• 4. To establish a causal relation between private information release in the loan market and stock trading, we focus on the loan renegotiations that resulted in change of the loan spread. Renegotiations affecting the interest rate are likely to be associated with disclosure of private material information about the borrower. In addition, a typical loan contract would require a unanimous agreement from all lenders for a change of interest rate to take place. We then search SEC filings and news releases to assure that information disclosed to the lenders was not available to the public until several days later. Also from SEC filings, we are able to collect the names of the institutional investors that were part of the loan renegotiations and, thus, had access to the information disclosed by the borrower. With the exact time of the event and the identity of the lenders, we proceed to look at the returns on the stock trades following loan renegotiations. We find that managers with the loan holdings on average realize a 10.5% annualized abnormal return on their trades in stocks of the companies with loan renegotiations. 4 To assure that performance on these trades is not specific to a given stock or managers unobservable characteristic, we compare abnormal returns on trades (i) across the managers for the same stock and (ii) across the stocks for the same manager. In the first case, we look at the stocks of the companies that had loan renegotiation, and compare returns on trades of the institutions that were part of the loan renegotiation against institutions that were not part of the loan renegotiation. In the second case, we look at all trades of the institutions that were part of the loan renegotiation and compare returns on stocks of the companies with loan renegotiation against the rest of their stock portfolio. In summary, we find that investors that take part in the loan renegotiations consequently trade on information disclosed in the loan market and outperform their 4 The returns are measured over one month following loan renegotiation. 3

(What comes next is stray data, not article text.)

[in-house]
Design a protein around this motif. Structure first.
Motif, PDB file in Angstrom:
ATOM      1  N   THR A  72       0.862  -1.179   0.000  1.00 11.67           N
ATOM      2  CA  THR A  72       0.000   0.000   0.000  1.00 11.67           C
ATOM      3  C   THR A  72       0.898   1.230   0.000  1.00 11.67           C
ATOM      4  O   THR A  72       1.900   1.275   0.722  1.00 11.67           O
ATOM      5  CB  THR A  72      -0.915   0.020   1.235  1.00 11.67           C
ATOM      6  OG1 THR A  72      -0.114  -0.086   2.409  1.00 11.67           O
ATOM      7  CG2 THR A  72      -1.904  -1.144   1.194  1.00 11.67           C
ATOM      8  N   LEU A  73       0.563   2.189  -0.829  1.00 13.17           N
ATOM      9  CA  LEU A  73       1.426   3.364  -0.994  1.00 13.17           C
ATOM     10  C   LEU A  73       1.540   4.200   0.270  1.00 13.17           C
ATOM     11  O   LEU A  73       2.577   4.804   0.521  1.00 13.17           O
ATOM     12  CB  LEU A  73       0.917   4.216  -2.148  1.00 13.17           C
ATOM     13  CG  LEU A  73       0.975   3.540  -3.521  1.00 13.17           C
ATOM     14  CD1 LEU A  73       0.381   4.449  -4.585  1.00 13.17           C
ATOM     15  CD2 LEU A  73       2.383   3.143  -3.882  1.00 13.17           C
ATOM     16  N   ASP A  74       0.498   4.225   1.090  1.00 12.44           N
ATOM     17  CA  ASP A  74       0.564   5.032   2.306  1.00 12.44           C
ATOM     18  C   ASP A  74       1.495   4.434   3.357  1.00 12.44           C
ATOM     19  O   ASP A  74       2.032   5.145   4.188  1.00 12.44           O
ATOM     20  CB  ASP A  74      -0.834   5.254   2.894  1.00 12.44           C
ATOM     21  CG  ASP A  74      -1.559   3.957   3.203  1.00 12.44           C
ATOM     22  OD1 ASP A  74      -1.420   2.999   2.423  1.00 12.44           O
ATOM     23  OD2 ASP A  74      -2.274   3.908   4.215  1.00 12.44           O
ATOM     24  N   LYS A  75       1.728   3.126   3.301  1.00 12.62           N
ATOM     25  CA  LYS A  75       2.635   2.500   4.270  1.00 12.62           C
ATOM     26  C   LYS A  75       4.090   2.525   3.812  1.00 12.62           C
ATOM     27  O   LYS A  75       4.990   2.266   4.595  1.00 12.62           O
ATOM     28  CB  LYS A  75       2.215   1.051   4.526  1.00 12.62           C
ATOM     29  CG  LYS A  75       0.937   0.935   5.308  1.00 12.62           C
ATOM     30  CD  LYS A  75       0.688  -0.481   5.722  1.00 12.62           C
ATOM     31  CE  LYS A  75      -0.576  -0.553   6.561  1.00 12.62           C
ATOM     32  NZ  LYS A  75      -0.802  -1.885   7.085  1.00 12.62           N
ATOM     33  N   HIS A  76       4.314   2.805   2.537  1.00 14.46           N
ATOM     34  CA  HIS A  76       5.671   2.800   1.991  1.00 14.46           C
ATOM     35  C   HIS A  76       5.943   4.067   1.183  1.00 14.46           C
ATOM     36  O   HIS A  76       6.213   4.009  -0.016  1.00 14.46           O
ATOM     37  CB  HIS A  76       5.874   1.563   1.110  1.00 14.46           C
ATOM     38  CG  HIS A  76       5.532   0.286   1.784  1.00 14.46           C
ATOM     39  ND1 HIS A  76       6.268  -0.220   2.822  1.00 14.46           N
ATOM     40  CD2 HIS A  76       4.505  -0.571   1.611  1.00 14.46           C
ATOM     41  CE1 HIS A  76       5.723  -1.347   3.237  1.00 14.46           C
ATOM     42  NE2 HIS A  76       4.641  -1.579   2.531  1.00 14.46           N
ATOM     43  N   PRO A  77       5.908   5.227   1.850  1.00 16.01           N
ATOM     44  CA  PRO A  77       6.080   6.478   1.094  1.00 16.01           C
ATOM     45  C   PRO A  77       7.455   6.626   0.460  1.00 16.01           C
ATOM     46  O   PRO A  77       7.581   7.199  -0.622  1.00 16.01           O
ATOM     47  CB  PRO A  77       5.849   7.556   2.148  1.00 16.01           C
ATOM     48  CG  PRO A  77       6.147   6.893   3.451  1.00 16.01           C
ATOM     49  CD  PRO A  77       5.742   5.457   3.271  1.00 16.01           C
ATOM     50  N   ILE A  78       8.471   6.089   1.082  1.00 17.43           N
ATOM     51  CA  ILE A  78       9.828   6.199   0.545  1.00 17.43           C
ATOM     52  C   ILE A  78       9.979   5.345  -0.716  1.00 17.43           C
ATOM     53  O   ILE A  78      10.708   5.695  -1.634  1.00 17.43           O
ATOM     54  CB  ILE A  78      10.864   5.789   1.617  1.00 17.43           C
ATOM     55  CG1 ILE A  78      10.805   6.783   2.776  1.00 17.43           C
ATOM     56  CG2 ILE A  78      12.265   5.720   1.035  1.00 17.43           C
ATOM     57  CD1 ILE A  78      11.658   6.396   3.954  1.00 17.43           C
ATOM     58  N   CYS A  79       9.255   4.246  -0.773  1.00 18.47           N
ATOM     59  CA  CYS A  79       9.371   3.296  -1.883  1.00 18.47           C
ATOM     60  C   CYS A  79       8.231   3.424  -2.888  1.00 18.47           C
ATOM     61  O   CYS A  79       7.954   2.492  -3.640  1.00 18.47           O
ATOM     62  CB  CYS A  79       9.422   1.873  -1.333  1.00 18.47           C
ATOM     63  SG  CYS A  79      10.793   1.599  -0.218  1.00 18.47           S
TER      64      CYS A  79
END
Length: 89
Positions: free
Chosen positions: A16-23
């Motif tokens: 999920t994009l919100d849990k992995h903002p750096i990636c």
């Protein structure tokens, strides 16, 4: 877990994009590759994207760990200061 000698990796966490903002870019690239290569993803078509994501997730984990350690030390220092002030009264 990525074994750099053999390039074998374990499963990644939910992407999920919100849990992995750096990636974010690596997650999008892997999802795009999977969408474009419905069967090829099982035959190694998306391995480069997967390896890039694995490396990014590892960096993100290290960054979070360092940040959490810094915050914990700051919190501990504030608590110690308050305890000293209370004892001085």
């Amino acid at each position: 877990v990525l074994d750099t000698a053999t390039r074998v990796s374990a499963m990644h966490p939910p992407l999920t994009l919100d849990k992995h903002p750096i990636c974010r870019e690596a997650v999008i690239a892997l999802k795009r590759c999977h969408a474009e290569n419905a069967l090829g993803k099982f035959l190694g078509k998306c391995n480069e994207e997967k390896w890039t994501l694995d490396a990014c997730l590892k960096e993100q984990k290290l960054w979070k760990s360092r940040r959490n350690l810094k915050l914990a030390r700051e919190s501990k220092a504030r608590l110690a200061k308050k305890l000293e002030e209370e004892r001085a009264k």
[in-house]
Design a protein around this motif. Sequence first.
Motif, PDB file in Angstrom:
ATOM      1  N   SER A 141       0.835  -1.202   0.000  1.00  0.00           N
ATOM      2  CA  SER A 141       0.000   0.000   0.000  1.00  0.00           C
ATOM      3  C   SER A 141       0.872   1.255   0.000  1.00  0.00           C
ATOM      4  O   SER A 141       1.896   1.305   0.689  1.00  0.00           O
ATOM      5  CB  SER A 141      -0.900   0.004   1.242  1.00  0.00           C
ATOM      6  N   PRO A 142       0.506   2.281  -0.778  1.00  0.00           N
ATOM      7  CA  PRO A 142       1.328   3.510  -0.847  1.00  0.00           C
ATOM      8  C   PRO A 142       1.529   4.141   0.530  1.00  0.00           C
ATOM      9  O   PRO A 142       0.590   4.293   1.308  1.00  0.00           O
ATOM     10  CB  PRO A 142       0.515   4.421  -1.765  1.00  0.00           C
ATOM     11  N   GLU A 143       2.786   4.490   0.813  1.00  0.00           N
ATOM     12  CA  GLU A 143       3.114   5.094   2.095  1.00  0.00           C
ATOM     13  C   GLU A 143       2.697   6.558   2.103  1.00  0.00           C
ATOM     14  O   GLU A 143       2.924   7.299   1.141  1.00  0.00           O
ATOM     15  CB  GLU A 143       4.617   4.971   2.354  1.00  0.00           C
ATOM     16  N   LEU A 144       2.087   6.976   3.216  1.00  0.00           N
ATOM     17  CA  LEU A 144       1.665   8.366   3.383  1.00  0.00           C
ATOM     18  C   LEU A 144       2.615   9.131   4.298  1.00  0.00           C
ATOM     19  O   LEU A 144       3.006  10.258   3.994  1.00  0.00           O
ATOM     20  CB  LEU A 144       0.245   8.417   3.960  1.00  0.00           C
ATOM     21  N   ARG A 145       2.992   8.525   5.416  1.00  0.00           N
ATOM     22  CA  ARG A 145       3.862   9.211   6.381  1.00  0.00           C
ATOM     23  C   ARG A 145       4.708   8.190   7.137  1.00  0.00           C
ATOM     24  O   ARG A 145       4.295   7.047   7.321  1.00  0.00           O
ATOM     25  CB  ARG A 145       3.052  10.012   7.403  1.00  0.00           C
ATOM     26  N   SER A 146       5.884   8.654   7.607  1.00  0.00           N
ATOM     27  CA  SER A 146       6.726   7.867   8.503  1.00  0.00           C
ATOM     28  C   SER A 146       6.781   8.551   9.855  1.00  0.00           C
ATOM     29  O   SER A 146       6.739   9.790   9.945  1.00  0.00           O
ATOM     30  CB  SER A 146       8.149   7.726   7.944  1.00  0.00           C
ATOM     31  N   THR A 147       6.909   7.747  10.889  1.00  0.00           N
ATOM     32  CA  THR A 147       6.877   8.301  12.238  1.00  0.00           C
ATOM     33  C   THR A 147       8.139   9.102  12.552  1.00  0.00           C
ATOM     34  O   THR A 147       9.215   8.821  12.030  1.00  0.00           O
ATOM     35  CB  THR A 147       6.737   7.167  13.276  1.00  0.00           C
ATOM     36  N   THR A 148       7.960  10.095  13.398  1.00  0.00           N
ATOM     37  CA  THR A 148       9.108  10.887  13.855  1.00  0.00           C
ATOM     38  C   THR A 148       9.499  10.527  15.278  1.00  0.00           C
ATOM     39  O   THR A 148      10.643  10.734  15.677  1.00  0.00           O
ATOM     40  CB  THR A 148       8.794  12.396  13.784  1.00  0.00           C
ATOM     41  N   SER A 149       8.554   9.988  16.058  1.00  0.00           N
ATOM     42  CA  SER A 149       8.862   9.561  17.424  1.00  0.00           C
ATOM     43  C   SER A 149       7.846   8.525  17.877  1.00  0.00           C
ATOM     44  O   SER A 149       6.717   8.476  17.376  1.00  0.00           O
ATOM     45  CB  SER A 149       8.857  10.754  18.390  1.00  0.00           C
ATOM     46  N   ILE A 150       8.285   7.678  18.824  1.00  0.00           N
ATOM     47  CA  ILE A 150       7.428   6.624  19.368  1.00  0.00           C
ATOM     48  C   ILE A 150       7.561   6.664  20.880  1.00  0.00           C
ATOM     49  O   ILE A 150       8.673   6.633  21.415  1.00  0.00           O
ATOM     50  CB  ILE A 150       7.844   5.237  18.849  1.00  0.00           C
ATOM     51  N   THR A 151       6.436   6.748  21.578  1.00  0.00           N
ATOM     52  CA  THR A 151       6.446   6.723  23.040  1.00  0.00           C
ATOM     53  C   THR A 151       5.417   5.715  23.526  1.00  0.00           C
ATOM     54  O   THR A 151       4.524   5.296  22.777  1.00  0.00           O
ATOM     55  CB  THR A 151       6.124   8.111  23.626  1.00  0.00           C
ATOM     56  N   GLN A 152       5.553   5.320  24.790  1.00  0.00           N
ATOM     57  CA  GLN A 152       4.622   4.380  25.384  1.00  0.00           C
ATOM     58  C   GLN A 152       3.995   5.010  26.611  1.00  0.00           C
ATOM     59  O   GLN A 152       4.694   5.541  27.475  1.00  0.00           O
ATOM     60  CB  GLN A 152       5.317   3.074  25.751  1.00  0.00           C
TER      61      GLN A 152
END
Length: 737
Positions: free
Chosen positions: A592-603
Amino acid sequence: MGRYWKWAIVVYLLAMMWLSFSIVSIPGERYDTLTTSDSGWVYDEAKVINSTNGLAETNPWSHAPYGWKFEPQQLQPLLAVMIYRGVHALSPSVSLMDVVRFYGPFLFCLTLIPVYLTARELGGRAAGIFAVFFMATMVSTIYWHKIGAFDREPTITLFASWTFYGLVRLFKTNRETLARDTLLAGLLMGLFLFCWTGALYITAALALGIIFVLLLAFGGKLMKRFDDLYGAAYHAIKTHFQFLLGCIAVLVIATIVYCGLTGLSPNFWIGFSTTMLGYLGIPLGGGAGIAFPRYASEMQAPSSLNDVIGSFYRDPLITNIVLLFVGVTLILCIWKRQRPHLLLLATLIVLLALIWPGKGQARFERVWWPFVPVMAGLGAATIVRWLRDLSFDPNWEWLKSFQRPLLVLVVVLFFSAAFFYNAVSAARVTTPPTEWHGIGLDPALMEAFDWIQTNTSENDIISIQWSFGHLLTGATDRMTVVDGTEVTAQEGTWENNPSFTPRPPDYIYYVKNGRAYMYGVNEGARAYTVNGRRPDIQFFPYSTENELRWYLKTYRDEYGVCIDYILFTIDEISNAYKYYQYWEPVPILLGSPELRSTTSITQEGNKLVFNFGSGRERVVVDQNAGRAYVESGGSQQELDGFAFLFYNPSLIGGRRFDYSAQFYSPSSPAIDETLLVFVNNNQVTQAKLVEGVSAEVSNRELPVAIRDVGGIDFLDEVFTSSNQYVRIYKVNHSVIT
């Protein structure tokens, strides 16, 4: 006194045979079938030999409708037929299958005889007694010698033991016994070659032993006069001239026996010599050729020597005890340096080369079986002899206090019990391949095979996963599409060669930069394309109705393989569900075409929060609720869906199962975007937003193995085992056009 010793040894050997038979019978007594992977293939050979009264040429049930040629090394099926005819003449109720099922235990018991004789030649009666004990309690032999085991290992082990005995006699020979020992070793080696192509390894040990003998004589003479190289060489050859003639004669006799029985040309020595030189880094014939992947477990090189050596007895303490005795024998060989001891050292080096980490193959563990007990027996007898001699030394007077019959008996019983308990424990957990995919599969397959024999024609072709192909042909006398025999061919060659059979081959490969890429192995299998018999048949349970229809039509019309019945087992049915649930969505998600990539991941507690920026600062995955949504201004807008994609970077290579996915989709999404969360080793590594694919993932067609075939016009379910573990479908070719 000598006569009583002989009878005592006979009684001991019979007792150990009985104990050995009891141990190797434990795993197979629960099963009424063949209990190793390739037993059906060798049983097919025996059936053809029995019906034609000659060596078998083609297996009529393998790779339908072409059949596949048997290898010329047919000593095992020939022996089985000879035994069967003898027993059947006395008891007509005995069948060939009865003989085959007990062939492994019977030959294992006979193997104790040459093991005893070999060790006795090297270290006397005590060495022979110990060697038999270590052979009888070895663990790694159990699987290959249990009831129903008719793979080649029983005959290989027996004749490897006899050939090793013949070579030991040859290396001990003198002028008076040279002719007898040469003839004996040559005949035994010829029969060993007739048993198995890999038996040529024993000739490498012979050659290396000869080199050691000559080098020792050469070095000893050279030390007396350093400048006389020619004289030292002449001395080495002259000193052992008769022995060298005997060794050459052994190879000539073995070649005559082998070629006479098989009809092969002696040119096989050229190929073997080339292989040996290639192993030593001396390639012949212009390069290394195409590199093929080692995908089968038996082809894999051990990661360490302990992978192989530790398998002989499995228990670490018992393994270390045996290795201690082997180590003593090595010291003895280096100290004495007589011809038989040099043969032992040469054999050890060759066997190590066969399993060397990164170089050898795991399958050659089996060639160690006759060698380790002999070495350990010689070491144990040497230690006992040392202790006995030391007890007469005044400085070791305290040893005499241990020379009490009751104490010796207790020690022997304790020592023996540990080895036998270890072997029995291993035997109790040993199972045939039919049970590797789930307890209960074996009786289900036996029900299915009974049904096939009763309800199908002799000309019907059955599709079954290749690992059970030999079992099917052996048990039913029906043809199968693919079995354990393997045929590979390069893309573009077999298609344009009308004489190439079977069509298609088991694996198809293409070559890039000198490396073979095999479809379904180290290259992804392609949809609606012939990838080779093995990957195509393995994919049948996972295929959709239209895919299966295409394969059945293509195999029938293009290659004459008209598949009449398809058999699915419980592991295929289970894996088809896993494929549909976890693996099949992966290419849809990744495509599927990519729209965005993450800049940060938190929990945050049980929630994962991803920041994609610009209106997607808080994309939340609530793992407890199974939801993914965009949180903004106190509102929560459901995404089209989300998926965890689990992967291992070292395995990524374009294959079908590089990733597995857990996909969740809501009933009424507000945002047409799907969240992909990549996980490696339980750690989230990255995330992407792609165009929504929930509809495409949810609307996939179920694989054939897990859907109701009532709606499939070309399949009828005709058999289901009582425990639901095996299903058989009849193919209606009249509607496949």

• 5. comparison group by approximately 8.8% in annualized terms in the month following loan renegotiation. In addition, we find that institutional investors holding loans in their portfolio also perform better on trades in stocks that are indirectly related to loan renegotiation, that is, companies that have high earnings correlation, high returns correlation, or are in the same industry as the company that renegotiated its loan. While less obvious, trading in related stock is actually a complex and important legal question. 5 However, the economic magnitude of the outperformance for the related stocks is small. In what follows, we will focus on the economic evidence supporting use of non- publ